Wednesday, June 01, 2005

Schweitzer to Native Americans: You Matter

[Chippewa Cree] tribal council members also had Gov. Brian Schweitzer's ear Tuesday, as he rounded out his tour of Montana reservations. ...

Houle said the tribe had a good discussion with Gov. Schweitzer and members of his Cabinet and staff. Some of the issues that were discussed were a proposed ethanol plant, a shortage of funding for a low- income energy assistance program, and economic development.

Now, I'm not a huge fan of governmental ethanol subsidies. But Schweitzer's building ethanol plants in order to help low-income workers find better-paying jobs, including Native Americans. That's something I can get behind.

And this isn't the first time Schweitzer's reached out to the Native Americans in his state. He is an official member of the Crow Nation and went to see the Blackfeet, to which tribe belongs Schweitzer's new appointee for Chairperson of the Montana Arts Council. And Schweitzer flew tribal flags over his inaugural ball (he has continued to fly them, in rotation, over the Montana Statehouse).

In an article in the Great Falls Tribune, Schweitzer explained why he sees Native Americans as a major priority of his campaign:

"In just the 90 days I've been in office, the most angry calls I get in the middle of the night are about my close relationship with folks in Indian Country," Schweitzer said. "Some say they wanna shoot my a— because I'm an Indian lover."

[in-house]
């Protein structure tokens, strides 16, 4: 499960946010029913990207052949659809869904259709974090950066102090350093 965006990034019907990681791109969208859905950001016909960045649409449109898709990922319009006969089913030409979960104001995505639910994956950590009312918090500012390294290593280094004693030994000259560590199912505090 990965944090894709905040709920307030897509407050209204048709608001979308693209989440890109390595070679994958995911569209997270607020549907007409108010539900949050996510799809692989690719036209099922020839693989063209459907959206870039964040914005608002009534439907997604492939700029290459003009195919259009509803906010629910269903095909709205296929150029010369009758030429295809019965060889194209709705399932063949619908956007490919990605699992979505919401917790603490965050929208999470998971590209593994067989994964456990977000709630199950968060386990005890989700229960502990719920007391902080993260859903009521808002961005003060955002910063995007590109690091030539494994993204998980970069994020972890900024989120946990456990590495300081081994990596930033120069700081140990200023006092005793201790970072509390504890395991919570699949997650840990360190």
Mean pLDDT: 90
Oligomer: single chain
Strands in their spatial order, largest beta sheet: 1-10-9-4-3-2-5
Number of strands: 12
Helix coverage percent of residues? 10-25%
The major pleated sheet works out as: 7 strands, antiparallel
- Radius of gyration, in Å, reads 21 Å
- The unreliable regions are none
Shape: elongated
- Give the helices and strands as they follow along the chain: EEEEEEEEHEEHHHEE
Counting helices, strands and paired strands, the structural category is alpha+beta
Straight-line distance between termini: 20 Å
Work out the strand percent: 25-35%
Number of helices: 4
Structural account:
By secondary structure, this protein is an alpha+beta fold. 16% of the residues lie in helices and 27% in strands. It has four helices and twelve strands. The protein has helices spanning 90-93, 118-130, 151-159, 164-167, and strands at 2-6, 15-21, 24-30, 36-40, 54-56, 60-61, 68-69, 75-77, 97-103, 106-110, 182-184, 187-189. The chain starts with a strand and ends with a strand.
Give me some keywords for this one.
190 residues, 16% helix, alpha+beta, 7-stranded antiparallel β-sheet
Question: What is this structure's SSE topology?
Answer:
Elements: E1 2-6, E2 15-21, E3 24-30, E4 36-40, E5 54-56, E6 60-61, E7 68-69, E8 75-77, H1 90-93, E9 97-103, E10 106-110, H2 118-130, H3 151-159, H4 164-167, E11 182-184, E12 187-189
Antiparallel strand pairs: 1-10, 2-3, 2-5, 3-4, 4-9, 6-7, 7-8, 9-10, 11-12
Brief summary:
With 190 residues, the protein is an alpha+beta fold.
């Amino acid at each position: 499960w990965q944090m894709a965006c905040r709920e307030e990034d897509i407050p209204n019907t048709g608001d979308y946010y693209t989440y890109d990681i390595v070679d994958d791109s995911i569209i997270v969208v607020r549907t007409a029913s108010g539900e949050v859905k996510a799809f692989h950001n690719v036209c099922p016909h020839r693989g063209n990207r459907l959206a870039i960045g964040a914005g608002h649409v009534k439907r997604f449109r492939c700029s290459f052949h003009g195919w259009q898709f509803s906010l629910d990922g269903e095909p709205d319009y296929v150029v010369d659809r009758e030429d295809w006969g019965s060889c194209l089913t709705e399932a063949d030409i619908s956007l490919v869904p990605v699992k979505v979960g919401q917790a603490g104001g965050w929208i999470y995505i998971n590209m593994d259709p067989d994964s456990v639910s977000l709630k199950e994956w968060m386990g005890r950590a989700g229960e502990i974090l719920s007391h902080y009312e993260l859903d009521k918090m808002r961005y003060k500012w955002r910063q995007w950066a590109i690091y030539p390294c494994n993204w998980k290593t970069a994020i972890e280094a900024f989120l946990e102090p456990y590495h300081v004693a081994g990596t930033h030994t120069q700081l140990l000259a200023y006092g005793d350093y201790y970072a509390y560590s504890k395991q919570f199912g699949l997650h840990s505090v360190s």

But the governor said he'd rather sit down and talk with Montana's Indian tribes before meeting with the "redneck on the other end of the line."

"I'm your friend. You're my friend. And I won't forget it," Schweitzer said before leaving his four-hour meeting with the Fort Peck tribal council.

He added that he'll never know what it's like to be a Native American in Montana — to walk into a store and "be watched a little more closely than everyone else." ...

He also encouraged the tribal government to send him the names of the best and brightest tribal members, to be available when positions in state government or with his administration open up. "This will be my permanent legacy," Schweitzer said.

As a Westerner who lives on the edge of the largest Indian reservation in the country (the Navajo), I can tell you that Indians are the Western equivalent of Blacks -- a bedrock Democratic constituency that is so "safe" it is ignored by most Democratic politicians. This lack of interest in Native American issues on our part has led to some noticeable inroads by Republicans on reservations; for instance, my Congressman, Rick Renzi, won a majority of the votes on the Navajo Reservation in 2004 after winning only 10% in 2002.

So when Schweitzer spends so much time with Native Americans, catering to their needs and representing their interests to the wider community, he's once again trailblazing for Western (and national) Democrats. He's telling the Indian community that it matters to Democrats and that we will do what's necessary to protect and preserve it. Our other elected officials would do well to follow Schweitzer's lead.


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